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Hour by Road: Three Days by Rail

2nd October 1936, Page 27
2nd October 1936
Page 27
Page 27, 2nd October 1936 — Hour by Road: Three Days by Rail
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Which of the following most accurately describes the problem?

Keywords :

ROAD transport does in three-quarters of an hour what the railway requires three days to perform. On an occasion when every means for road transport had been exhausted, two bags of starch consigned to a mill were entrusted to the railway and did not arrive until three days after the date of dispatch.

This striking statement was made by a witness when Messrs. E. Butler and Son, of Oldham, applied to Sir William Hart, North-Western Deputy Licensing Authority, at Manchester, on Monday, for an additional vehicle of 2 tons capacity. In replying to railway opposition, Mr. Henry Backhouse (C.M.U.A. solicitor), for the applicants, declared that an attempt was being made to prevent the firm from reverting to their basicyear tonnage, after a previous customer restarted operations. It seemed to him a matter for commendation—not foe attack—that when a cotton milt closed, Messrs. Butler sacrificed the tonnage allotted to it. When the mill reopened they should be allowed the necessary tonnage.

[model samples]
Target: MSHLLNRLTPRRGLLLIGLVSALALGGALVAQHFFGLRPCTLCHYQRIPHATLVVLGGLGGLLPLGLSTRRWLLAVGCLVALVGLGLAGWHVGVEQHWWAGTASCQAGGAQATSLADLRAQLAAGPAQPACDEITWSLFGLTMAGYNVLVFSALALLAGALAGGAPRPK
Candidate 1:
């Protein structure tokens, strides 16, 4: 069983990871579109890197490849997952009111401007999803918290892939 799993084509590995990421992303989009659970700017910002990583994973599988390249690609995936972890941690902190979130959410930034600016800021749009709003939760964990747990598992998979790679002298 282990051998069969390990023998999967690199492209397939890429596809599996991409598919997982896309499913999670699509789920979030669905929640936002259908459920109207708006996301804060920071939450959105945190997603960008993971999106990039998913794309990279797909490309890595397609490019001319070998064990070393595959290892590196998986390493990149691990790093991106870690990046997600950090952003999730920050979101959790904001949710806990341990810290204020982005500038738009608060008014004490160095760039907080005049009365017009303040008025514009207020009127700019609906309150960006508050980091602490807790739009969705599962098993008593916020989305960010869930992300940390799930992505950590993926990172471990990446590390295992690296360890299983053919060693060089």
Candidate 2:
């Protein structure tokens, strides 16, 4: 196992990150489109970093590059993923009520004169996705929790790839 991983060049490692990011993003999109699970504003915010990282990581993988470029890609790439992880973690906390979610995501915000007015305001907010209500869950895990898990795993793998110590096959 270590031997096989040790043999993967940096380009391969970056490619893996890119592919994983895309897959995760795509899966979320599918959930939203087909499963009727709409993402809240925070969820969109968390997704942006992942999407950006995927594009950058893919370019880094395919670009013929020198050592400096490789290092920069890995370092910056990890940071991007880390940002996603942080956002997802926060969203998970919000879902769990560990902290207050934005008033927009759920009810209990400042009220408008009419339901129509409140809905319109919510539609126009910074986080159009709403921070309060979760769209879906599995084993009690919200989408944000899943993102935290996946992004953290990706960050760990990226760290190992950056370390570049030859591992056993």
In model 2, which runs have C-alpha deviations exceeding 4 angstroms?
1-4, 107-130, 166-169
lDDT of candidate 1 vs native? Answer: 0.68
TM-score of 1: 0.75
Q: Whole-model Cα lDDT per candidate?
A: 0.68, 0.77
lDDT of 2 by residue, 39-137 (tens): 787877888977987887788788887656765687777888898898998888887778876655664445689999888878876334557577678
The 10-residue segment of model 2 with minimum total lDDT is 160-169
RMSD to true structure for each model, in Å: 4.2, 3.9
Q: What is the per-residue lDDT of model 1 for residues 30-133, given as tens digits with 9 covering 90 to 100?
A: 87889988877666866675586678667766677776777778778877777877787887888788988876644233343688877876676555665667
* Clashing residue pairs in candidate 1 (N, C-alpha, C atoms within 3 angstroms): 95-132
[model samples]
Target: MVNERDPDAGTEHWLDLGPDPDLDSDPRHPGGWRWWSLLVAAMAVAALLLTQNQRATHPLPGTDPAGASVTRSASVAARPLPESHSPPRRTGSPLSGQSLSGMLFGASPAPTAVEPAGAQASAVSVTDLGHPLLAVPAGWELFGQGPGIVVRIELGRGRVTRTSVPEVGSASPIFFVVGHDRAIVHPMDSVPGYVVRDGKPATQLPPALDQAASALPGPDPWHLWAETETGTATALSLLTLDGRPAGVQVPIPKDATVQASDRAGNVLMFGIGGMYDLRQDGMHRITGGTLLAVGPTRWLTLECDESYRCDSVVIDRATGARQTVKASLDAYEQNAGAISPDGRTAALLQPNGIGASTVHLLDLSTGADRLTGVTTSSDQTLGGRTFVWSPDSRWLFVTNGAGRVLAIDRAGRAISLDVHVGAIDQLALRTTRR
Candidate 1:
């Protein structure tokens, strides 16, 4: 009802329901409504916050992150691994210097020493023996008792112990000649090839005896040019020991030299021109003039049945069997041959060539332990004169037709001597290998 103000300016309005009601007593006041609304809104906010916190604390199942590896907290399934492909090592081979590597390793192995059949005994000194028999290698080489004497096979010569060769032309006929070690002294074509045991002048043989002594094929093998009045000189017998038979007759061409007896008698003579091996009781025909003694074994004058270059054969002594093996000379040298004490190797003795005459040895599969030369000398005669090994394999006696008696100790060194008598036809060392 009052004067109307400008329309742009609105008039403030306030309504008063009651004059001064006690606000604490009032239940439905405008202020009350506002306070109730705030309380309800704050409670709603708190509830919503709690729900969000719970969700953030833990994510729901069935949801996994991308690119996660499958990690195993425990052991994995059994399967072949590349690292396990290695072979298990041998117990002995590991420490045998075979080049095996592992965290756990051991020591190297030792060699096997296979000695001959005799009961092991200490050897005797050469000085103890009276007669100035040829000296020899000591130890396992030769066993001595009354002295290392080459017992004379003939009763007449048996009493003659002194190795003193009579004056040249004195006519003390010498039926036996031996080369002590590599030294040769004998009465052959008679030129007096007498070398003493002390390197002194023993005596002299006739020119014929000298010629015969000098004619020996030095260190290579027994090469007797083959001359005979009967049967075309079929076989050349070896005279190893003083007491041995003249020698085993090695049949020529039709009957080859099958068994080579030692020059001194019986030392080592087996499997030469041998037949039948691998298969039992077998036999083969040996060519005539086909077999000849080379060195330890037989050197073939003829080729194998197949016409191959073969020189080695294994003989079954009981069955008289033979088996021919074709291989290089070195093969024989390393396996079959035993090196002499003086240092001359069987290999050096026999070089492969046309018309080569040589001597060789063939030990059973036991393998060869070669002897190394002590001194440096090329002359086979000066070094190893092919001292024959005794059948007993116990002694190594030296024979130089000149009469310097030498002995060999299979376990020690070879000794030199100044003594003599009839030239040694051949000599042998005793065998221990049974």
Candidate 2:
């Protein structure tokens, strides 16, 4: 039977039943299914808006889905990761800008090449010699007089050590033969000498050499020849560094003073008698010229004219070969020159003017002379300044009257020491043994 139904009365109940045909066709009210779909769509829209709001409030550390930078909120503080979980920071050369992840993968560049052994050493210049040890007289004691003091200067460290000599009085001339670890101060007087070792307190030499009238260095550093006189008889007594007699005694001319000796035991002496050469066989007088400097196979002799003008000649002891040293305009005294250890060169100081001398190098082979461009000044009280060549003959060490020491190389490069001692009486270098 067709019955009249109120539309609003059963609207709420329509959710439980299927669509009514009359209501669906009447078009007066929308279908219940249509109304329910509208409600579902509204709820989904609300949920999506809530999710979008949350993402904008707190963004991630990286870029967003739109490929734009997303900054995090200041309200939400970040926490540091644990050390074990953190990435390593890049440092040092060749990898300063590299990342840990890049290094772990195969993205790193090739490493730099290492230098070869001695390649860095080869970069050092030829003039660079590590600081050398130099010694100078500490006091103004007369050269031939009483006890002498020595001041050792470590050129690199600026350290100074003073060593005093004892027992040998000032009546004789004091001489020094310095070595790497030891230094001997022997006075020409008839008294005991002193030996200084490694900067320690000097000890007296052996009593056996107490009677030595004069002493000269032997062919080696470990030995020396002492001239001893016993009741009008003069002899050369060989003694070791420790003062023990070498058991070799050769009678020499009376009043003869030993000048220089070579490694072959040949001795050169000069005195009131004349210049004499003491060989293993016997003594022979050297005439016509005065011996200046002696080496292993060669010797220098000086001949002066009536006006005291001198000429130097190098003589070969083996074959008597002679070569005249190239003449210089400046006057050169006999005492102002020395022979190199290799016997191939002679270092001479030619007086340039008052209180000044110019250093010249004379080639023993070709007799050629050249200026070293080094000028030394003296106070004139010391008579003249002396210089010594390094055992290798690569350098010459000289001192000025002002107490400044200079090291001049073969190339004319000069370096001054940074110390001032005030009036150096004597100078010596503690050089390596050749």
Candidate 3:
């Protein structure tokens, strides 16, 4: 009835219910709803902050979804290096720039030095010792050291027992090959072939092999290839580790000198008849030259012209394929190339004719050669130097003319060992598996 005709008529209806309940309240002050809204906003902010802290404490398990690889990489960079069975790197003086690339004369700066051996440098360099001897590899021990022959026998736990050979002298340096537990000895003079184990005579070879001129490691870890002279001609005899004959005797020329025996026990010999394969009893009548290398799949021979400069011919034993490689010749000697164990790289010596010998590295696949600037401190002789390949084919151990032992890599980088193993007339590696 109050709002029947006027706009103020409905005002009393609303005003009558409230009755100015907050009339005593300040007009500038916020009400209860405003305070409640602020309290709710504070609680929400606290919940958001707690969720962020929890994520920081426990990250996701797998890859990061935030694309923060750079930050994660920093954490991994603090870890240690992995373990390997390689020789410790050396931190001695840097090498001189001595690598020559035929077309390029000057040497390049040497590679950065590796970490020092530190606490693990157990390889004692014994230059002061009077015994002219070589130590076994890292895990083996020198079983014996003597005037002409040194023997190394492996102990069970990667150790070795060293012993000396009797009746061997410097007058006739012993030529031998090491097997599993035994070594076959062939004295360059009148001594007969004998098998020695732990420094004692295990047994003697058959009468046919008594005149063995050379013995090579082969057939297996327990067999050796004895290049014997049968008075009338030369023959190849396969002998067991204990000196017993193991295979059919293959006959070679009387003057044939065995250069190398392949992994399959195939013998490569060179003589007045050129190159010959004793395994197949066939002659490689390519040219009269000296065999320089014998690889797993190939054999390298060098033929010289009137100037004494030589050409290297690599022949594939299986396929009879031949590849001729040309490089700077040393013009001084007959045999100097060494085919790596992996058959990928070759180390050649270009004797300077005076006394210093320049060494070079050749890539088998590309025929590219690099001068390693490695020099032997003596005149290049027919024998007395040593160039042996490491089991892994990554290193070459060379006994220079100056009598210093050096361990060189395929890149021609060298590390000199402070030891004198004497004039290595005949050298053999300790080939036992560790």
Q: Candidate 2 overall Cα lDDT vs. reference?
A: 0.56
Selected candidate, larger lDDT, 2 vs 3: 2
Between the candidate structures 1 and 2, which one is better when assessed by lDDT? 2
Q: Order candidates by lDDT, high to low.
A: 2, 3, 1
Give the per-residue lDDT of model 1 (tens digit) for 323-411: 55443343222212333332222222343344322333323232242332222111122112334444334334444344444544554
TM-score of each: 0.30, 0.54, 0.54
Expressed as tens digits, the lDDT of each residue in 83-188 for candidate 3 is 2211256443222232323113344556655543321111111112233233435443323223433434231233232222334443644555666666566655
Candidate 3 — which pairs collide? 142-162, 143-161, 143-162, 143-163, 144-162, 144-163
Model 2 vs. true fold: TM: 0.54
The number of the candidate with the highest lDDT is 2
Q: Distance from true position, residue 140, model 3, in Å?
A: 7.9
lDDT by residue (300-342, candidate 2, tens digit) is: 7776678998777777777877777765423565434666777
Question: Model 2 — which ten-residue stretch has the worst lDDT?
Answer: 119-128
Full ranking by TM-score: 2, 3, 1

Decision was reserved pending the submission of more detailed figures of previous operations.

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